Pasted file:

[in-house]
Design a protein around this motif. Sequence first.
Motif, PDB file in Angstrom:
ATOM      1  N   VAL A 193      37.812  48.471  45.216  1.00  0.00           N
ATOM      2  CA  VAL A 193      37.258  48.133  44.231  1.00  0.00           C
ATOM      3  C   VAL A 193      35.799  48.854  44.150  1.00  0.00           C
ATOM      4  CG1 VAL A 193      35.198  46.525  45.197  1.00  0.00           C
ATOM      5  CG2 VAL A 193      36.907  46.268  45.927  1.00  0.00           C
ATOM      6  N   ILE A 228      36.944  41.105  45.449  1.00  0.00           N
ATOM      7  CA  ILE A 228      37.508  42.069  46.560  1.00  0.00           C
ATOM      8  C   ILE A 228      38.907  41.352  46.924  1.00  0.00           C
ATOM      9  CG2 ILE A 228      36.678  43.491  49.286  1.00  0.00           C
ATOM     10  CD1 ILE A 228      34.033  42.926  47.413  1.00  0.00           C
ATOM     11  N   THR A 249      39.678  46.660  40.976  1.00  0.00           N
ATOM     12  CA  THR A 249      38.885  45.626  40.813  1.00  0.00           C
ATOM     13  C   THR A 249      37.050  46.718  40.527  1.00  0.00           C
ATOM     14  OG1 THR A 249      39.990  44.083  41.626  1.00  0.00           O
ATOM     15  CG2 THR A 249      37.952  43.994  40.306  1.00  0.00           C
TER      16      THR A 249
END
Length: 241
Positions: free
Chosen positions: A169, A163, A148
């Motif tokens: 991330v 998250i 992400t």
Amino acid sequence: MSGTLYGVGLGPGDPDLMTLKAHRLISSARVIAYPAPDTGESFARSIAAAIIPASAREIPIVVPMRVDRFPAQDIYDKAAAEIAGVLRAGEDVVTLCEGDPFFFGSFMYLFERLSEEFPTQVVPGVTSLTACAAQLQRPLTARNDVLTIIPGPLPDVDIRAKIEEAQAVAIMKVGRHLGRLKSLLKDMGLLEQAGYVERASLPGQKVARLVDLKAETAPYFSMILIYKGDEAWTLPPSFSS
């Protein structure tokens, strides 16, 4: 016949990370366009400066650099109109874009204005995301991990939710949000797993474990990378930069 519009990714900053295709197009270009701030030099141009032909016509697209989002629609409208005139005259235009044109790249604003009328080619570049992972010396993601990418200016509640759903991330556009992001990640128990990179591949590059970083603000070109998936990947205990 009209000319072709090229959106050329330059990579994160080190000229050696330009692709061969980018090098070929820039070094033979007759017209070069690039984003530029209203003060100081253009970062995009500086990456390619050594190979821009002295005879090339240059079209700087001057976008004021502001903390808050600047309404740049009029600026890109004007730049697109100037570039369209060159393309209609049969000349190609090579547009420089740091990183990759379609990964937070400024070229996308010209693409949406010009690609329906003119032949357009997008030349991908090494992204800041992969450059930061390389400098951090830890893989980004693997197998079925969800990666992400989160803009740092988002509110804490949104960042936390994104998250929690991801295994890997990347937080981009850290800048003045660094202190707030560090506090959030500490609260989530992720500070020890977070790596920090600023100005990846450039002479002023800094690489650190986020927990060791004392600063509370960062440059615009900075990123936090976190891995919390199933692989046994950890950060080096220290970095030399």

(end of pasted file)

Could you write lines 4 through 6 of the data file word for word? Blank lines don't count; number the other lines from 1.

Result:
ATOM      1  N   VAL A 193      37.812  48.471  45.216  1.00  0.00           N
ATOM      2  CA  VAL A 193      37.258  48.133  44.231  1.00  0.00           C
ATOM      3  C   VAL A 193      35.799  48.854  44.150  1.00  0.00           C